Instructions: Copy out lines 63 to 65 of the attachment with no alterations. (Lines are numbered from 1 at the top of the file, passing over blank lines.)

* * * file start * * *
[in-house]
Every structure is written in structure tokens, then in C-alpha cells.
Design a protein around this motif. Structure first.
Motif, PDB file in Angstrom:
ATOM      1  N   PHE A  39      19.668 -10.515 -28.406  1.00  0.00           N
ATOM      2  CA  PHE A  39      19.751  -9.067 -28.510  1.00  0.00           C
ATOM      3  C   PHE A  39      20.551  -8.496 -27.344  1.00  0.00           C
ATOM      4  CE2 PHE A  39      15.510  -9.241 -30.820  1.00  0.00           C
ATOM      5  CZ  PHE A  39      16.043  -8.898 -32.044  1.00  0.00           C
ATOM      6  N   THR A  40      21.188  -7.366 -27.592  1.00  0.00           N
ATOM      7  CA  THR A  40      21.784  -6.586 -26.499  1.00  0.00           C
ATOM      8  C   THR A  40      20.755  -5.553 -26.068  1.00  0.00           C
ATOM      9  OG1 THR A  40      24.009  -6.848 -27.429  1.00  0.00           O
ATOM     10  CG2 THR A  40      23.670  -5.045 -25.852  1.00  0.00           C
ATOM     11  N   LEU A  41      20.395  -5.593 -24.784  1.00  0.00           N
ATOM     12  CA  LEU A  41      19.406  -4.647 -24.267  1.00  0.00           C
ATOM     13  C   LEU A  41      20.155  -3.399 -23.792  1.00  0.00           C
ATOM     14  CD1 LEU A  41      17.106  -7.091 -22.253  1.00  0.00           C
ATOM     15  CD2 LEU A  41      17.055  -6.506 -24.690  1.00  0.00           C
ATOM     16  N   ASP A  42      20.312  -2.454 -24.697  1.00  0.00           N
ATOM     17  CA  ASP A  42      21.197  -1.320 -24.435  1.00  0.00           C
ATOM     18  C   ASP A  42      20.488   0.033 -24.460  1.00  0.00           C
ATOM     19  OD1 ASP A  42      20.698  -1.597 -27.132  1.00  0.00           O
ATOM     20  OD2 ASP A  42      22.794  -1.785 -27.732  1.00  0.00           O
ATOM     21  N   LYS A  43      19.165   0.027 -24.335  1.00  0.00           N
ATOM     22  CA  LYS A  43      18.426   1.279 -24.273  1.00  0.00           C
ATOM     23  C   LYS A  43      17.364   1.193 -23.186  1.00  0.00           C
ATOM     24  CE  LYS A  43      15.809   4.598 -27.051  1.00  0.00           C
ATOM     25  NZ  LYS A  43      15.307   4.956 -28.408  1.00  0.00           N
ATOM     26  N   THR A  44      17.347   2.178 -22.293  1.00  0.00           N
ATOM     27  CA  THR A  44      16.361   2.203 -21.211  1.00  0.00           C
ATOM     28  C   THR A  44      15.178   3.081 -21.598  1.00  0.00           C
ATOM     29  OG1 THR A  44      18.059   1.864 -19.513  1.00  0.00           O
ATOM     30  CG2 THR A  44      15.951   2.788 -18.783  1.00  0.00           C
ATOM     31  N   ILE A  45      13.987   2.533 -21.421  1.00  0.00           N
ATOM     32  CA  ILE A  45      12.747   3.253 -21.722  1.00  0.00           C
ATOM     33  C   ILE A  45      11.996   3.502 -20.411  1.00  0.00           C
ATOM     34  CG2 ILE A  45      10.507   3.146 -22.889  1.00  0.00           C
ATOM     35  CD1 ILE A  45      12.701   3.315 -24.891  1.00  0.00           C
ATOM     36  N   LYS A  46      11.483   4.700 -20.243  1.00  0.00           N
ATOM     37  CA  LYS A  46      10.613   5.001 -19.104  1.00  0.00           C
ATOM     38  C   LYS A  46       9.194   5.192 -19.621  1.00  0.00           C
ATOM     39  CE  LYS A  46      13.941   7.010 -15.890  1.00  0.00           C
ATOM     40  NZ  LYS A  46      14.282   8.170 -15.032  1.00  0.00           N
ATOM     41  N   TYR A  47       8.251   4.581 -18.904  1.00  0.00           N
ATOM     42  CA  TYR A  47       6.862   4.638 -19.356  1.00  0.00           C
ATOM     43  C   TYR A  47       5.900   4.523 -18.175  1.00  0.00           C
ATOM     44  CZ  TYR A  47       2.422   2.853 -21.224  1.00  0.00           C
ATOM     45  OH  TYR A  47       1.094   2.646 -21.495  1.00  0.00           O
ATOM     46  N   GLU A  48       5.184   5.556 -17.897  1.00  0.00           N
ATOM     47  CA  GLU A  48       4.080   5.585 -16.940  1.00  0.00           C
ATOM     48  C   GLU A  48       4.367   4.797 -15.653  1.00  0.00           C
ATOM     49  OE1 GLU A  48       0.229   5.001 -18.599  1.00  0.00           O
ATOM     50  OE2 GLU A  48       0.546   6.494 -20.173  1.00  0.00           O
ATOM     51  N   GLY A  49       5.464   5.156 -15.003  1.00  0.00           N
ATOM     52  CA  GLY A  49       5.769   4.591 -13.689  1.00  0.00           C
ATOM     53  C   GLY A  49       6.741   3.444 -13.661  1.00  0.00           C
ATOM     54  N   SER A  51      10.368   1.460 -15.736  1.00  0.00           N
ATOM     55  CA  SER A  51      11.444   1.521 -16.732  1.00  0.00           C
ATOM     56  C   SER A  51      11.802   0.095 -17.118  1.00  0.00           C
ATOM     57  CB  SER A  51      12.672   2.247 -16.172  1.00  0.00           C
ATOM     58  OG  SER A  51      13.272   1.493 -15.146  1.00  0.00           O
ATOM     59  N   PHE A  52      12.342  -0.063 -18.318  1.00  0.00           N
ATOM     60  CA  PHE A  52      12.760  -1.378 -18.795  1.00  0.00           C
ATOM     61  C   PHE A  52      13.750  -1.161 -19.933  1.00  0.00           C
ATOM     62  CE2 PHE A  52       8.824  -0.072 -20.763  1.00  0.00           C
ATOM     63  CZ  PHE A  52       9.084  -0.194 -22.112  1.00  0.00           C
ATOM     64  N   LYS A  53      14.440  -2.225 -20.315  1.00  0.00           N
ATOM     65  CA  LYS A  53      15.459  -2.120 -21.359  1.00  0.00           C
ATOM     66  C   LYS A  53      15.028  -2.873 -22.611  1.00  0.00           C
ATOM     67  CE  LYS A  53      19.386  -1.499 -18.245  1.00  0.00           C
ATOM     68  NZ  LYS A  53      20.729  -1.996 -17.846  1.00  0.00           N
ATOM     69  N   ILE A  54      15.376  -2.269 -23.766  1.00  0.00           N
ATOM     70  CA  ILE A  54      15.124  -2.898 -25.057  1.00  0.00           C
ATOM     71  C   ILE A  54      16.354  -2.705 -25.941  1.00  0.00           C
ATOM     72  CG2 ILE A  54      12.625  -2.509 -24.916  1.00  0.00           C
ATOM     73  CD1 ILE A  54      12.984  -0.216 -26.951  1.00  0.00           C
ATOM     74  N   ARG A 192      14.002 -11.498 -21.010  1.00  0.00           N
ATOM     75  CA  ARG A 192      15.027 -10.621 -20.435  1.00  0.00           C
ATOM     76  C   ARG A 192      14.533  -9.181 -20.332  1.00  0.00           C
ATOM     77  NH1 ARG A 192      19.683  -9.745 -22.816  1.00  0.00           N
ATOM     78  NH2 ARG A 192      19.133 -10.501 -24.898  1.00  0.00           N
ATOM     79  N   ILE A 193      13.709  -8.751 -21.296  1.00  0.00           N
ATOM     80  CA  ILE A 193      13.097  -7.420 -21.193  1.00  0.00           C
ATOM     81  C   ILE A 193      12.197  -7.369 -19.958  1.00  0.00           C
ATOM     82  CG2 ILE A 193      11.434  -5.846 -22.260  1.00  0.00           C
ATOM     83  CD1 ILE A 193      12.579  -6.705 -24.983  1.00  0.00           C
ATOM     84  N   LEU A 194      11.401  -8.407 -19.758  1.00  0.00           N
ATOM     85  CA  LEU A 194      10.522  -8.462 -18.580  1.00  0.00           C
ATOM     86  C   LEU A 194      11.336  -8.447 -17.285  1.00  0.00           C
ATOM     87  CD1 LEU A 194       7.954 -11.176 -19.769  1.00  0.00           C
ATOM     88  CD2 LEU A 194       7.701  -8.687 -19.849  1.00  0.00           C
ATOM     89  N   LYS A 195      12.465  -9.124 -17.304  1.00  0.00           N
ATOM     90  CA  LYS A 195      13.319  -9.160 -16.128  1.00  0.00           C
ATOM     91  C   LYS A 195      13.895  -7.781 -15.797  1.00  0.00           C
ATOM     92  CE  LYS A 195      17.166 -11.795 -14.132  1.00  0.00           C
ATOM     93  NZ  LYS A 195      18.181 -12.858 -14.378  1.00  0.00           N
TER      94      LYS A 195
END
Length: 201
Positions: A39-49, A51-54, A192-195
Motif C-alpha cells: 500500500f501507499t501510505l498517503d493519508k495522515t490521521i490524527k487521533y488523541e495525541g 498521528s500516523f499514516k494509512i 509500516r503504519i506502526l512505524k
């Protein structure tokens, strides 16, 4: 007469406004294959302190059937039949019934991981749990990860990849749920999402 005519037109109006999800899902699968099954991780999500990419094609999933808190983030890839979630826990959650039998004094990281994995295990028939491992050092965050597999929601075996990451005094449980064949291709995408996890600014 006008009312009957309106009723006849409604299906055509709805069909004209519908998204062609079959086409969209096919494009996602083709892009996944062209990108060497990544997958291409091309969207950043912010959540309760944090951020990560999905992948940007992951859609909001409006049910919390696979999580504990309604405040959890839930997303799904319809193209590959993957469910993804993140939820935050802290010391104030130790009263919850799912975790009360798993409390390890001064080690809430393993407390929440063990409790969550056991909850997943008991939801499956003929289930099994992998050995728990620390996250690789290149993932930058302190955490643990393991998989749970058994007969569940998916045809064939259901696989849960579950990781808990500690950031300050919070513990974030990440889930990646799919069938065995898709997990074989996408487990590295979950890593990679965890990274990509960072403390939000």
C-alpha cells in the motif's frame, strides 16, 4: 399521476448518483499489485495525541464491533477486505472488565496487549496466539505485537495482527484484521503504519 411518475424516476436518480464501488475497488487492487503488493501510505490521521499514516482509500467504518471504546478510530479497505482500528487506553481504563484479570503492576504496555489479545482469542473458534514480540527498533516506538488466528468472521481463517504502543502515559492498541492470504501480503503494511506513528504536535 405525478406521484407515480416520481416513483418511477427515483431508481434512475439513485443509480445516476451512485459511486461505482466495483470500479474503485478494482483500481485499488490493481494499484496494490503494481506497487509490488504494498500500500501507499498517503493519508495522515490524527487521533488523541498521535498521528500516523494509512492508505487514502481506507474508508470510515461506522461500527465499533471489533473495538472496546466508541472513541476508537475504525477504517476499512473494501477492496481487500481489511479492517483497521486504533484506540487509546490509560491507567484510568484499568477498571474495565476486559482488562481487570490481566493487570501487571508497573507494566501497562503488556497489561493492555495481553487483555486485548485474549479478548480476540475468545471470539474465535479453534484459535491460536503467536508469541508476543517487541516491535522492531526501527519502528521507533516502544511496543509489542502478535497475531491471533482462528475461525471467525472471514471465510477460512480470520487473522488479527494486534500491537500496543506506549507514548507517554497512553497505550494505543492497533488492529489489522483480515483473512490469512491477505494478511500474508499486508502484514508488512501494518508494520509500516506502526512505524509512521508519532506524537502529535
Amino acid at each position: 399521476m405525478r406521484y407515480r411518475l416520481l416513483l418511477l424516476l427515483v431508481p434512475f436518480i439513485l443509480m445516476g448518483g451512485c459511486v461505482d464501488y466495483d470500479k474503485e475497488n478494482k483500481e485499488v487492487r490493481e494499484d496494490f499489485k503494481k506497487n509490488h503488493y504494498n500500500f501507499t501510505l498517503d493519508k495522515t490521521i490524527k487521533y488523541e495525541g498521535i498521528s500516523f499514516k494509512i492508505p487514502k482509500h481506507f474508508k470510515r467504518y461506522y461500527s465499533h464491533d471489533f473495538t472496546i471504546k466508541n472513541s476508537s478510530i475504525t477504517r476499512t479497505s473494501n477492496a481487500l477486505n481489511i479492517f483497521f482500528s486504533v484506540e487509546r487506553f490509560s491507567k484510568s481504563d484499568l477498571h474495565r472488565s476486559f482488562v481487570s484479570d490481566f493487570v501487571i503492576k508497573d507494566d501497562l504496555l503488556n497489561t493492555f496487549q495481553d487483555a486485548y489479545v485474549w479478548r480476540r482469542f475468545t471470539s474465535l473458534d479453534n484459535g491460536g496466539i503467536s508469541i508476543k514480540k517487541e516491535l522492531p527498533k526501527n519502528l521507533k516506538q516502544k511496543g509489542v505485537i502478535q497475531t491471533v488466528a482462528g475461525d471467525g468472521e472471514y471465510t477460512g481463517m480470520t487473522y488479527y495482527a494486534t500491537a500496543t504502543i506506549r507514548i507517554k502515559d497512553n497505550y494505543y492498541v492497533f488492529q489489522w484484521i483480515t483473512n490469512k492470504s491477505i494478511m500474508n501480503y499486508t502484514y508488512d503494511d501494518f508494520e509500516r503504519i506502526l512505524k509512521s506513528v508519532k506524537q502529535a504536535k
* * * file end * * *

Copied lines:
ATOM     59  N   PHE A  52      12.342  -0.063 -18.318  1.00  0.00           N
ATOM     60  CA  PHE A  52      12.760  -1.378 -18.795  1.00  0.00           C
ATOM     61  C   PHE A  52      13.750  -1.161 -19.933  1.00  0.00           C